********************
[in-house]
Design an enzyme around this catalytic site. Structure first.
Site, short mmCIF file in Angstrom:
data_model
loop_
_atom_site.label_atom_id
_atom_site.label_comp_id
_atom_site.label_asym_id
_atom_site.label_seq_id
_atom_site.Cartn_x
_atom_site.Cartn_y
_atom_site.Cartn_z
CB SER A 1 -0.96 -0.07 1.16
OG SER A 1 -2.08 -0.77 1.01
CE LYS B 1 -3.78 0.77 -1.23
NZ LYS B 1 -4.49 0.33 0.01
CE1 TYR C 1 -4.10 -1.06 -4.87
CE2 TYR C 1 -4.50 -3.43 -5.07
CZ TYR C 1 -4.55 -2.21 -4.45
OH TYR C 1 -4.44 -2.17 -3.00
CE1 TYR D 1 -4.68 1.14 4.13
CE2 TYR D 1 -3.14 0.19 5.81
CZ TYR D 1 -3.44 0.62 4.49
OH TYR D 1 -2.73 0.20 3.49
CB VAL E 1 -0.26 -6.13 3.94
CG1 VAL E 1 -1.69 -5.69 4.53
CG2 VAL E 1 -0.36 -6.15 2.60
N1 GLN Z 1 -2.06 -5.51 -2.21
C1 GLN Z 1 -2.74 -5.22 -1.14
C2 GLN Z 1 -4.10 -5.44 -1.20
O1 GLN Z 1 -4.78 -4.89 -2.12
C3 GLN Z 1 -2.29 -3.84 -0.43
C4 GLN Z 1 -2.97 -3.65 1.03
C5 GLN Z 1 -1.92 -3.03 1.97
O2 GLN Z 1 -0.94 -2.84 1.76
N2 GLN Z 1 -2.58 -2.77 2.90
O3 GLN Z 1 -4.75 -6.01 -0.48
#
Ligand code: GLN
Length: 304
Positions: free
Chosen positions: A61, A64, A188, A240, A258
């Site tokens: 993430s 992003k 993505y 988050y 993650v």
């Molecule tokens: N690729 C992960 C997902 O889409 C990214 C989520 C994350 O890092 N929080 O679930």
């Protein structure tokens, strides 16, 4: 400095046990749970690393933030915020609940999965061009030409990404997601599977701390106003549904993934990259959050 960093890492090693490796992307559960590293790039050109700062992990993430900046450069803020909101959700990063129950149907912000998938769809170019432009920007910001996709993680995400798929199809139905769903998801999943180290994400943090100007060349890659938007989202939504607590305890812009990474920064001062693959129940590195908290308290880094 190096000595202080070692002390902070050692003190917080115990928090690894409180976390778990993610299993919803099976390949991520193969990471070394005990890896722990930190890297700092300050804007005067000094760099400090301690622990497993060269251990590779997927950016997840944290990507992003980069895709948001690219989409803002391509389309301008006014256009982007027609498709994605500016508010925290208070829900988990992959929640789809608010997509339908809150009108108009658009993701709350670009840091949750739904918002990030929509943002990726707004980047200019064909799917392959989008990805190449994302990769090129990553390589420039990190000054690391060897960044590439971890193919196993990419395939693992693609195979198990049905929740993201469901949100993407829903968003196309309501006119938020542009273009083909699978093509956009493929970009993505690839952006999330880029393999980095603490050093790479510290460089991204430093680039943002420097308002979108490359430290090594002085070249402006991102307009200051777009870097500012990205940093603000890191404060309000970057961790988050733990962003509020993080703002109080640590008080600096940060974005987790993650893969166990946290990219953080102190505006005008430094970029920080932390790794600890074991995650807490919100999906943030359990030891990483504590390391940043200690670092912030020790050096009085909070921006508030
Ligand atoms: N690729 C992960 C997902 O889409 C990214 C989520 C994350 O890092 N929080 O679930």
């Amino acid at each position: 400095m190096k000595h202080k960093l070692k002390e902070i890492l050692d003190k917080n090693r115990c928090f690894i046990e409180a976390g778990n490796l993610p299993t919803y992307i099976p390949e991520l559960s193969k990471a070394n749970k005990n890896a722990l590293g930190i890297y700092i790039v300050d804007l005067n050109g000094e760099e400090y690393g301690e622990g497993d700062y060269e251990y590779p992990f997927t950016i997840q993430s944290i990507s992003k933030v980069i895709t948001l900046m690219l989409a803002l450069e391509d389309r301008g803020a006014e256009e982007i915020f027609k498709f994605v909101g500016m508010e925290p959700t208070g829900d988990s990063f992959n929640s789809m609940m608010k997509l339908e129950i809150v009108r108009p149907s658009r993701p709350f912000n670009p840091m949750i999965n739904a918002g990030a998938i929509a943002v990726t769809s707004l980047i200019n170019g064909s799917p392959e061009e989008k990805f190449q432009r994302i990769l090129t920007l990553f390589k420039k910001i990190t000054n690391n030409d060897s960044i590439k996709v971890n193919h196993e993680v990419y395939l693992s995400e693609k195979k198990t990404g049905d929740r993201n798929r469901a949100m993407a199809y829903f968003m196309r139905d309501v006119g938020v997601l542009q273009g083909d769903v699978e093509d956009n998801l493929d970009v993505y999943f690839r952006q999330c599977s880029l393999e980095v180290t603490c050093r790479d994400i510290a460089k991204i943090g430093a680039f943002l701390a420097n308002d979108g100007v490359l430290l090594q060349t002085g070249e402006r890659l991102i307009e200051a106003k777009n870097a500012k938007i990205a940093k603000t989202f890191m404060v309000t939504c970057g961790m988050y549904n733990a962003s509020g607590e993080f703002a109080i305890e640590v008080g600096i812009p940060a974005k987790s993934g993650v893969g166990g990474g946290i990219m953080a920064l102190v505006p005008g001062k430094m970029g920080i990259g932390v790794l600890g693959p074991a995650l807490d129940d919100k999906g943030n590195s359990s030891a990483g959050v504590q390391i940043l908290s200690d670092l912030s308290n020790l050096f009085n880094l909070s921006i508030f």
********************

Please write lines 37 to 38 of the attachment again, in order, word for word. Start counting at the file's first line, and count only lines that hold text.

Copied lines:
O3 GLN Z 1 -4.75 -6.01 -0.48
#